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March 20, 2019

Venezuela's pro-regime 'colectivos' vow to back Maduro whatever it costs

Venezuela's pro-regime 'colectivos' vow to back Maduro whatever it costs
'Masked members of a pro-government colectivo cell attend a rally in Caracas on January 7, 2019' - By: AFP/File YURI CORTEZ

Jorge Parrado collects water for his Caracas district. But he is also ready to fight completely in support of President Nicolas Maduro as a member of a "colectivo," cells that uphold and enforce the regime's socialist ideals.

He had arrived at a park in the west of the capital aboard a water tanker to fill it from wells. The precious water was to be taken to clinics close to the working class district of El Cementerio.

The scene occurred during a weeklong blackout that was the worst in Venezuela's history. The outage disrupted transport, fuel and -- most importantly -- water supplies.

Maduro had called on his supporters to show "active resistance" to the "electric sabotage" he claimed was waged by the United States. He urged the colectivos to rally around.

"The president called us into the streets as colectivos, but we were already out and about for five days. There's no point calling on us because we are always ready to fight, whatever it takes," Parrado told AFP as he waited for the wells to be free.

Aged 43, he belongs to the "Che Guevara" colectivo, which he joined after the previous and late leader Hugo Chavez enacted policies that Parrado said allowed him to leave a life of crime.

"It was hard times and Chavez got me off the streets. Since then I'm totally behind the revolution," he said.

- Known for attacks -

Yet the term "colectivo" is feared by many in Venezuela who associate it with gangs of armed pro-government thugs who target opposition sympathizers.

Seen riding around on motorbikes in groups, often carrying weapons and wearing hoods, they plunge into demonstrations to sow what their detractors call "the Bolivarian circus."

Such attacks were notably seen on February 23 on the borders with Colombia and Brazil, when colectivos descended on supporters of Juan Guaido, the head of the opposition-ruled congress who has proclaimed himself interim president with the backing of the US and 50 other countries.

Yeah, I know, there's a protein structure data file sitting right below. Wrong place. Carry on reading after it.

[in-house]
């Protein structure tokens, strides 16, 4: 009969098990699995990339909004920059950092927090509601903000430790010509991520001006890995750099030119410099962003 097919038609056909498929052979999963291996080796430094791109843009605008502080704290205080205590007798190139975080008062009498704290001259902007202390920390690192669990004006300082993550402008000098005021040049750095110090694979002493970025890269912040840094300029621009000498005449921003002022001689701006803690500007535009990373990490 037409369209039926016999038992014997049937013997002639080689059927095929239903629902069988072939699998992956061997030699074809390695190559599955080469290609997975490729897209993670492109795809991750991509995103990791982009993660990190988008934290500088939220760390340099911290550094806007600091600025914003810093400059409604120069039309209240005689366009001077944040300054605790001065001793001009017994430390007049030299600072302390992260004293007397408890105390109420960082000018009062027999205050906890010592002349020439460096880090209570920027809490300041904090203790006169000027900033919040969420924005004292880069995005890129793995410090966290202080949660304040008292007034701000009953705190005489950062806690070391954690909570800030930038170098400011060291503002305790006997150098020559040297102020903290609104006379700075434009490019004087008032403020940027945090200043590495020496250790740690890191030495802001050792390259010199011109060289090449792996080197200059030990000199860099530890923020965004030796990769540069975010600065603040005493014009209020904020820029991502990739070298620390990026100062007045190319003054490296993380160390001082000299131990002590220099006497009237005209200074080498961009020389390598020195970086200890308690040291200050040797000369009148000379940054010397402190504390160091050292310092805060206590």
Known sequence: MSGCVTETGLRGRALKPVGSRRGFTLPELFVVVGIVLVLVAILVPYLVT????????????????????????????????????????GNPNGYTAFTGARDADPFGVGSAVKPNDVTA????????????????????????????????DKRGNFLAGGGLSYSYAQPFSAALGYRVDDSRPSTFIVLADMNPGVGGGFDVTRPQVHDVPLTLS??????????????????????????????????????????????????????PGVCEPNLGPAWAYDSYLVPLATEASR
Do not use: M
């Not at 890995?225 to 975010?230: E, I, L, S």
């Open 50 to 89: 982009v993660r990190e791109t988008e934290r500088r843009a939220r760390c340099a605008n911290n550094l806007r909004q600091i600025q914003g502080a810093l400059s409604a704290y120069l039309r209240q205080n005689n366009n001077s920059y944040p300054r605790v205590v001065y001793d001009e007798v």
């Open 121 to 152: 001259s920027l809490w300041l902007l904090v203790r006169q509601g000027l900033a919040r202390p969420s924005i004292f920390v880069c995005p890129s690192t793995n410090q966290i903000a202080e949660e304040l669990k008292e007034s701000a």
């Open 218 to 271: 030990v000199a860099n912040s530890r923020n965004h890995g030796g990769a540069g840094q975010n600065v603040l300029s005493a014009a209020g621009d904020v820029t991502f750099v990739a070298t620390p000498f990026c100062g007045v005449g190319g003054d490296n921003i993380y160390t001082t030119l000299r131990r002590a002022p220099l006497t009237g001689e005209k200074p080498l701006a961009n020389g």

On that day, the colectivos acted to prevent the entry of US aid that Guaido and the opposition had tried to drive into Venezuela. Seven people were shot dead and at least 300 wounded, according to the opposition.

The bloodshed, which Washington attributed to "Maduro's killers," was condemned by United Nations High Commissioner for Human Rights Michelle Bachelet.

Bachelet said the overt use of "paramilitary forces" in Venezuela was "worrying" and could exacerbate already high tensions in the country.

But some, such as Ysmar Sanchez, coordinator of the Bolivarian Socialist Front for Defense and Protection, denied that the government was arming the colectivos, though he did acknowledge that their members included soldiers and police officers.

Sanchez said part of his organization was tasked with rooting out ordinary criminals who tried to pass themselves off as colectivos.

"Our task is above all aiding society, but we are also a fighting force when it comes to defending the homeland. If violence happens we come out to put an end to it," he said.

- Hard to control -

Analysts warned that, in the tinderbox that is Venezuela today, the colectivos could cause a spark triggering a conflagration.

"The colectivos exist for various reasons. They carry out educational, farming, productive, artistic and sporting activities," said Pedro Afonso del Pino, a professor in constitutional law at the Central University of Venezuela.

"There are probably all sorts. But among them there are many that are involved in political violence."

Should the United States decide on military intervention in the country, the colectivos could rise up to employ uncontrollable violence, in the same way as was seen in Syria or Libya, said another political analyst, Luis Vicente Leon.

Del Pino said that bringing the colectivos to heel would prove to be "one of the challenges" of any new government replacing Maduro's.

"They will have to decide what to do about these groups, whether to keep them or not," he said. "If a transition fails to address at least a number of them it will be difficult to control these groups."

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